Economy

Jobs increase by 4.8 million, unemployment rate at 11.1%


Nonfarm payrolls soared by 4.8 million in June and the unemployment rate fell to 11.1% as the U.S. continued its reopening from the coronavirus pandemic, the Labor Department said Thursday.

Economists surveyed by Dow Jones had been expecting a 2.9 million increase and a jobless rate of 12.4%. The report was released a day earlier than usual due to the July Fourth holiday.

The jobs growth marked a big leap from the 2.7 million in May, which was revised up by 190,000. The June total is easily the largest single-month gain in U.S. history.

“Today’s announcement proves that our economy is roaring back. It’s coming back extremely strong,” President Donald Trump said in a news conference about an hour after the numbers were released. He pointed specifically to a sharp drop in the unemployment for Blacks that fell from 16.8% to 15.4%. “These are historic numbers.”

The numbers capture the move by all 50 states to get activity moving again after the virus seized up much of the U.S., particularly service-related industries.

Wall Street reacted positively to the report, with futures indicating a more than 400-point gain at the open.

However, because the government survey comes from the middle of the month, it does not account for the suspension or rollbacks in regions hit by a resurgence in coronavirus cases.

“The 4.8 million rise in non-farm payrolls in June provides further confirmation that the initial economic rebound has been far faster than we and most others anticipated,” said Michael Pearce, senior U.S. economist at Capital Economics. “But that still leaves employment 9.6% below its February level and with the spread of the virus accelerating again, we expect the recovery from here will be a lot bumpier and job gains far slower on average.”

Indeed, new jobless claims remained stubbornly high last week, with another 1.427 million Americans filing, above the estimate of 1.38 million, the Labor Department said in a separate report Thursday. Continuing claims actually increased by 59,000 to 19.3 million, highlighting the jobless problem likely exacerbated by the ongoing presence of the virus and its economic impact.

“This slowdown is going to have an impact, absolutely. How big is hard to say,” said Steve Blitz, chief U.S. economist at TS Lombard. “There are a lot of unknowns, and it would be silly on the fiscal side to pull back now on stimulus.”

Citigroup economists 

Leisure and hospitality again accounted for the biggest jump, as the sector saw a 2.1 million gain, accounting for about 40% of the total growth.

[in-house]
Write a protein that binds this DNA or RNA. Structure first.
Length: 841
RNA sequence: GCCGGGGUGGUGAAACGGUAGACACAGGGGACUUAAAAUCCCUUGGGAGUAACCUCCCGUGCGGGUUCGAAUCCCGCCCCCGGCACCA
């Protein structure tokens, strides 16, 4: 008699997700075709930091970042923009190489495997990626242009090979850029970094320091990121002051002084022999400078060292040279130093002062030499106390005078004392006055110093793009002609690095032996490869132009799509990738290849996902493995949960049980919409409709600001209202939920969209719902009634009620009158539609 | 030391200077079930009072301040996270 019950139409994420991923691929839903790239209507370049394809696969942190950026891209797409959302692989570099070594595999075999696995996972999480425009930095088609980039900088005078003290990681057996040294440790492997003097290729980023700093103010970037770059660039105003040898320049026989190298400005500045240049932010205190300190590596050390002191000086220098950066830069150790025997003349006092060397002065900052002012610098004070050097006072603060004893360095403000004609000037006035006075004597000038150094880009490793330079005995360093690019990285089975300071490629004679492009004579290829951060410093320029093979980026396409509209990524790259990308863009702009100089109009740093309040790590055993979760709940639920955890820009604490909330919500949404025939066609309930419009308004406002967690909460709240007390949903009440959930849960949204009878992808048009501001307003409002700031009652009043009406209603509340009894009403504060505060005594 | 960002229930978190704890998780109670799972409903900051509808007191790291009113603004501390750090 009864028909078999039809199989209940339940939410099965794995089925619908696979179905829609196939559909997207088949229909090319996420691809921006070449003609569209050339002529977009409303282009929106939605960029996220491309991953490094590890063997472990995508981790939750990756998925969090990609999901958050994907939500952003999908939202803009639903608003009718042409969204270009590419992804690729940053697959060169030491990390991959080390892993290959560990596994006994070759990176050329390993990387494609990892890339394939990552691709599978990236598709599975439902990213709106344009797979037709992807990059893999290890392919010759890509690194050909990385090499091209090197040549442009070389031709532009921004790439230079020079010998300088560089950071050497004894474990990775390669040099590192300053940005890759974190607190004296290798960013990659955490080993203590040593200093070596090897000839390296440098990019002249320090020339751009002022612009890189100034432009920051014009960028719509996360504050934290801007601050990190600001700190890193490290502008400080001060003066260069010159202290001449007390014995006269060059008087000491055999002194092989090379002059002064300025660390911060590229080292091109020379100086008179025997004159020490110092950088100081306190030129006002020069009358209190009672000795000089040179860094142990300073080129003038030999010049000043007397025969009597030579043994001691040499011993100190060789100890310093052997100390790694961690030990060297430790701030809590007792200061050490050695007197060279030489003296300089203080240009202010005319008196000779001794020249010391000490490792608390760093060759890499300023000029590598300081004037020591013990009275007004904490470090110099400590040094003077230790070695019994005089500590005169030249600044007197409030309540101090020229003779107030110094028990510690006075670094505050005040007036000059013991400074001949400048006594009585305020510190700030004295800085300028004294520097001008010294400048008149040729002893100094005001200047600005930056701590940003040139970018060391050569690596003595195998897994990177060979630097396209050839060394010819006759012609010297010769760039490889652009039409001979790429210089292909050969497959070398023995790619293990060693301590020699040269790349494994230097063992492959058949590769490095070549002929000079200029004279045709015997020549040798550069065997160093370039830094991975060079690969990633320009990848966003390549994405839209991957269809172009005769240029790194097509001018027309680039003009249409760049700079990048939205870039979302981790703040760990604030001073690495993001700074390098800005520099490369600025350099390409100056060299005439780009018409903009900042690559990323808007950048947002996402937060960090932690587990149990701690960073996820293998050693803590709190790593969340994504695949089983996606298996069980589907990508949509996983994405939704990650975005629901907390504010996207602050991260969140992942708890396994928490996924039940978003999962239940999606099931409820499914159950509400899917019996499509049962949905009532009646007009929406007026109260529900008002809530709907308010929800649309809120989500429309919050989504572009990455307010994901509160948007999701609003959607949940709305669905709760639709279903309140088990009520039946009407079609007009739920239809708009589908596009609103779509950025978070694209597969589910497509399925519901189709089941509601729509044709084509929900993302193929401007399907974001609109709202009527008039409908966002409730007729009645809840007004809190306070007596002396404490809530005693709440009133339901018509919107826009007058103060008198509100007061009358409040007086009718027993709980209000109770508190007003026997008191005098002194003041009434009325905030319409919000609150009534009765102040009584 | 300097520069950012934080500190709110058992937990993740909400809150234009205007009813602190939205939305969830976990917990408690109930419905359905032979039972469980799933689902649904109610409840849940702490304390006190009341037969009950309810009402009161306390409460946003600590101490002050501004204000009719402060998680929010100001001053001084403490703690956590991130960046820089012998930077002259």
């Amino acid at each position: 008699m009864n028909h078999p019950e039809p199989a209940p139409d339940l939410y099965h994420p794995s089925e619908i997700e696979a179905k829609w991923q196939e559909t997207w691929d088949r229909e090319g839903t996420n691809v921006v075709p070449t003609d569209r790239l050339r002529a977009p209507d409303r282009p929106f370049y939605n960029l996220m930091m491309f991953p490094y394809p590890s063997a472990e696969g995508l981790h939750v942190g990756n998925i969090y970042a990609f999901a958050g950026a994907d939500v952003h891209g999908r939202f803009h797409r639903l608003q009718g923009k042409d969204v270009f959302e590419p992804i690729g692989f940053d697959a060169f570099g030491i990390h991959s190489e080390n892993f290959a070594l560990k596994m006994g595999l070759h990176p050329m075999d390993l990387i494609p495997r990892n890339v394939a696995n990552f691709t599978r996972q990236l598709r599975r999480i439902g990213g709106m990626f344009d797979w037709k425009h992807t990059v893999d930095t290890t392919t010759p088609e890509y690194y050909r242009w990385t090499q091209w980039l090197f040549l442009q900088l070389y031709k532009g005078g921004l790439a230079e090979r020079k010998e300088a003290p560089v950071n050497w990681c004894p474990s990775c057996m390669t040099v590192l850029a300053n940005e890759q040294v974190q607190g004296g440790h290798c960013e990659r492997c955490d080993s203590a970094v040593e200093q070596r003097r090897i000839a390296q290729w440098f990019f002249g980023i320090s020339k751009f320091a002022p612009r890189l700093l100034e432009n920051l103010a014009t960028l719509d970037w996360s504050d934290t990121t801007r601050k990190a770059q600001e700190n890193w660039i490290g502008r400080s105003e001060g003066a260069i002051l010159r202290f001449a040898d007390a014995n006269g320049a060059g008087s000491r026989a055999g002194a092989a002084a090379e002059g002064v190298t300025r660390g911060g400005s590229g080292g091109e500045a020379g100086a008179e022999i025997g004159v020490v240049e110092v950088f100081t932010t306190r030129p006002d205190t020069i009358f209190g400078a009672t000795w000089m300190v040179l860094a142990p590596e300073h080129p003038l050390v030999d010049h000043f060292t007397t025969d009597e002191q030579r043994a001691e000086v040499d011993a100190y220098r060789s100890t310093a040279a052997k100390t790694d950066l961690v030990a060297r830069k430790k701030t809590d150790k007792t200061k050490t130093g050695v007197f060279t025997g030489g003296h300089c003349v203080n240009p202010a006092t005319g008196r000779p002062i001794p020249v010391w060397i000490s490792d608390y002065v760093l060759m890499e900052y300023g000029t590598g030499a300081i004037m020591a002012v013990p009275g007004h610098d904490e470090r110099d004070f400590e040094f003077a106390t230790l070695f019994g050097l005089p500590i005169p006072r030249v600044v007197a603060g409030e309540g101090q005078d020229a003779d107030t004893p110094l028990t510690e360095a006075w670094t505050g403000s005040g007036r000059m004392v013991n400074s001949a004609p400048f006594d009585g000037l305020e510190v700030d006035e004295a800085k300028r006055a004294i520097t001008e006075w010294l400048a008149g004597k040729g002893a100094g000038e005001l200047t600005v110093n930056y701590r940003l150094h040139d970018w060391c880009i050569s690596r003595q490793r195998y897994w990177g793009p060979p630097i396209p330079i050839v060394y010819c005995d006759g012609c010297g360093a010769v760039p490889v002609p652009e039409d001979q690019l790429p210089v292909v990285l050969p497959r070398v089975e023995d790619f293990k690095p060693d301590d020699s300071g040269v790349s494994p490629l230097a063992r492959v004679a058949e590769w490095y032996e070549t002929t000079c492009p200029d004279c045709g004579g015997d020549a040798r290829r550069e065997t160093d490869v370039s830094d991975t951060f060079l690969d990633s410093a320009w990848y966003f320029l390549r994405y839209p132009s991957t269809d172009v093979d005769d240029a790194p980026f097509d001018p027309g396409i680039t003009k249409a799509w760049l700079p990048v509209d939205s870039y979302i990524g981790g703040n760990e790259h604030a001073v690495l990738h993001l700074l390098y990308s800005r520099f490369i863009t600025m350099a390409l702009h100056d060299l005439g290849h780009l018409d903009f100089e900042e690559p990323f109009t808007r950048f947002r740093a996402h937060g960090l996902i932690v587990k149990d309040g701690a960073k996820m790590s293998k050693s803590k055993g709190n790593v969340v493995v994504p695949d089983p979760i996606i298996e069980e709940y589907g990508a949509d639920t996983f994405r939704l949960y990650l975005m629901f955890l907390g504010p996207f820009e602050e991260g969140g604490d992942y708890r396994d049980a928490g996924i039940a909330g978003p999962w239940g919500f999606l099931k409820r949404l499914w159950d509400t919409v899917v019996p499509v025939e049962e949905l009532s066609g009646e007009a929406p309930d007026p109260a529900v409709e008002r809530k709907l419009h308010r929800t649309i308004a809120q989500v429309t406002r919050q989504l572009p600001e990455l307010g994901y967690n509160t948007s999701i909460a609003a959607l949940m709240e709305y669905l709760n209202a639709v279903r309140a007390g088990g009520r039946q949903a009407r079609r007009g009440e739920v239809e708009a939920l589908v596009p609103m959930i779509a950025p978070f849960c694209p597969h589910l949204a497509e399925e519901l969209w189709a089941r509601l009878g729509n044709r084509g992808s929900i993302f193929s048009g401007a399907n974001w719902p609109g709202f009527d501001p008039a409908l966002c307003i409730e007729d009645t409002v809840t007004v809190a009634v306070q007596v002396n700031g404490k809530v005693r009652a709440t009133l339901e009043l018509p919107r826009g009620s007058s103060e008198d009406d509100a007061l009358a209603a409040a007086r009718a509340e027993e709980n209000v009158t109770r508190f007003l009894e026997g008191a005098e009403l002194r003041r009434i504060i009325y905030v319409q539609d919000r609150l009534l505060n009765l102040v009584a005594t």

Another big contributor to the decline of the jobless rate was a plunge in those on temporary layoff. That total fell by 4.8 million in June to 10.6 million after a decrease of 2.7 million in May. The short-term jobless level fell by 1 million to 2.8 million.

However, those reporting permanent job losses also jumped, rising by 588,000 to 2.883 million, the highest level in more than six years.

The labor force participation level saw a sharp bump, rising to 61.5%, which brings it to 1.9 percentage points below its February level, a month before the coronavirus pandemic shut down much of the U.S. economy.

Jobs were equally balanced at 2.4 million apiece for full- and part-time workers.

Retail also saw a sizable boost, with a gain of 740,000. Education and health services rose 568,000 and manufacturing was up 356,000.

“Manufacturing looks like it’s ready to take off to a level that it’s never been,” Trump said. “A lot of that has to do with our trade policy, because we’re bringing manufacturing back to our country.”

Personal and laundry services saw another major gain, at 264,000, part of an increase in other services that totaled 357,000. Professional and business services gained 306,000, construction was up 158,000 and transportation and warehousing saw a 99,000 increase.

Citgroup economists say the composition of job gains suggests that hiring will continue to be strong, even if June might mark the peak. They said current forecasting models are too dependent on weekly claims data, which are distorted because workers hired part-time can still get benefits.

“A second consecutive large upside surprise to hiring relative to consensus confirms our view that the reopening rebound would be much more robust than most expected a couple months ago,” Citi economist Andrew Hollenhorst said in a note. “We are particularly encouraged by the composition of hiring, which shows potential for further large gains in manufacturing, construction, and healthcare jobs, which are relatively insulated from social distancing.”

Average hourly earnings fell 1.2% from May as more lower-wage earners returned to their jobs but were still up 5% from a year ago. The average work week slipped by 0.2 hours to 34.5 hours.

The headline unemployment rate was understated sightly due to counting errors at the Bureau of Labor Statistics. Workers who still have jobs but have not been working are being counted as employed and even though they are supposed to be considered unemployed under BLS rules.

However, the BLS said that discrepancy “declined considerably” in June, making the actual unemployment rate only about 1 percentage point higher than the reported level.

An alternative measure of unemployment that includes discouraged workers and the underemployed fell to 18% from 21.2%.